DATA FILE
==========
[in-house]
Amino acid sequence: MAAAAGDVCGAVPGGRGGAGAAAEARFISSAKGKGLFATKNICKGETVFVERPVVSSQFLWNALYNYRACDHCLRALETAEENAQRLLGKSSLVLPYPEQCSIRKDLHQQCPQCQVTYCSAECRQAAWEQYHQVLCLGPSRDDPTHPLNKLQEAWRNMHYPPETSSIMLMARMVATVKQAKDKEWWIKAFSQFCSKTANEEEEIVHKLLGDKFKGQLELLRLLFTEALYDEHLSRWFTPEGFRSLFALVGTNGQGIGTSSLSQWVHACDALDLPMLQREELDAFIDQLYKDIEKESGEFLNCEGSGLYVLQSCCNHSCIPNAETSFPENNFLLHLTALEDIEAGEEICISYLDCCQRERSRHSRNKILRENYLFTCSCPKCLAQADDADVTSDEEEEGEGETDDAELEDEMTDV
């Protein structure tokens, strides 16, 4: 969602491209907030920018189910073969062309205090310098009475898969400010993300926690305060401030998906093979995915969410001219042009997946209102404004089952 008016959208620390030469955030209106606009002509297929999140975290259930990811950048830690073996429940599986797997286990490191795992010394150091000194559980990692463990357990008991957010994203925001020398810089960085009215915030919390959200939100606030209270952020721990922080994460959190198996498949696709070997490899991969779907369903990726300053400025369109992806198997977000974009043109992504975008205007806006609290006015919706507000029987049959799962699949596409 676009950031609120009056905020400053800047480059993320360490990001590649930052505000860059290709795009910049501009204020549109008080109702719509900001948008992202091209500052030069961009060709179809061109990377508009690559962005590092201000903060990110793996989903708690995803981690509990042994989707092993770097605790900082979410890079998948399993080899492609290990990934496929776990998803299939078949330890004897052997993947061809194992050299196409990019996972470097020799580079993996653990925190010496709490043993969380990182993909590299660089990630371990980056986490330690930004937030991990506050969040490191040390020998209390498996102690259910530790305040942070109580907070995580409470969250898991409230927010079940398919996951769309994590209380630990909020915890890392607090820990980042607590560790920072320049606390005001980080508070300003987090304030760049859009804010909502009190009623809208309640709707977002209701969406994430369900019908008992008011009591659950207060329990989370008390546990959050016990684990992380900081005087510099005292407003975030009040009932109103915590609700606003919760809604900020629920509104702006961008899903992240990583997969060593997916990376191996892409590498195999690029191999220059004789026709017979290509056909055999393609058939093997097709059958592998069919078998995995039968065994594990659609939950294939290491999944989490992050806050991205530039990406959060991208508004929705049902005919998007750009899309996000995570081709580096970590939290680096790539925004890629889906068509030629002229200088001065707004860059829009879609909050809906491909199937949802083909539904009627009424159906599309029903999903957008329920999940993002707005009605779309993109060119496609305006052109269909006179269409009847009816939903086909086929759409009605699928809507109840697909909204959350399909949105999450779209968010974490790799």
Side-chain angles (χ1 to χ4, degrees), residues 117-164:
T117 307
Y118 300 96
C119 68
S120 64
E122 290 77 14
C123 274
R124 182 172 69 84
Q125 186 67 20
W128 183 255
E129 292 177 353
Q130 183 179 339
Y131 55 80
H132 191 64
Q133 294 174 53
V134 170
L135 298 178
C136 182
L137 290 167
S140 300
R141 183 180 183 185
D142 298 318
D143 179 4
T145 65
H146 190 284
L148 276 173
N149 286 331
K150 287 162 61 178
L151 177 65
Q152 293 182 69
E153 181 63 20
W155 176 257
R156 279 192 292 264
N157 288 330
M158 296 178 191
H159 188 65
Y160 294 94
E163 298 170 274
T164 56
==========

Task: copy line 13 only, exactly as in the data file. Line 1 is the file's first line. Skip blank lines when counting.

W128 183 255